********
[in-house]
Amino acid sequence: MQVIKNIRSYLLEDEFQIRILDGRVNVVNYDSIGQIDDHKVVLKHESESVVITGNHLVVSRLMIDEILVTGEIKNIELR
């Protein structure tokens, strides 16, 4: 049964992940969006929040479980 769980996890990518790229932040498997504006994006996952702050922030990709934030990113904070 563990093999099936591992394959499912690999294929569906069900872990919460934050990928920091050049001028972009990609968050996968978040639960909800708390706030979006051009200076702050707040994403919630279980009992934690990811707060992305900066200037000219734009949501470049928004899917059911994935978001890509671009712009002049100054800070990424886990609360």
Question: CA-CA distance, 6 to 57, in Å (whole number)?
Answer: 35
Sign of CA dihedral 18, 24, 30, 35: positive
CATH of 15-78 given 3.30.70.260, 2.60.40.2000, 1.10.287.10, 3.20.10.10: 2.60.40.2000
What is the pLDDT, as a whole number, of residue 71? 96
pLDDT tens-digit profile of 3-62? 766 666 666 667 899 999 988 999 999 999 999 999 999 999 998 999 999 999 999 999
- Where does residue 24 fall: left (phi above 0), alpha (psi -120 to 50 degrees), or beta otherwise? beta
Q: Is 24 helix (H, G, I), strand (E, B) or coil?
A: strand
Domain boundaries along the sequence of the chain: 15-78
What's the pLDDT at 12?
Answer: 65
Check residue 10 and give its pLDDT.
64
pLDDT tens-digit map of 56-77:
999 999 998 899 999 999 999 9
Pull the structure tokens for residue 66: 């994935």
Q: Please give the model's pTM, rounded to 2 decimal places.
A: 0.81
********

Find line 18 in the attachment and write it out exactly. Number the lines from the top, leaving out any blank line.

pLDDT tens-digit map of 56-77: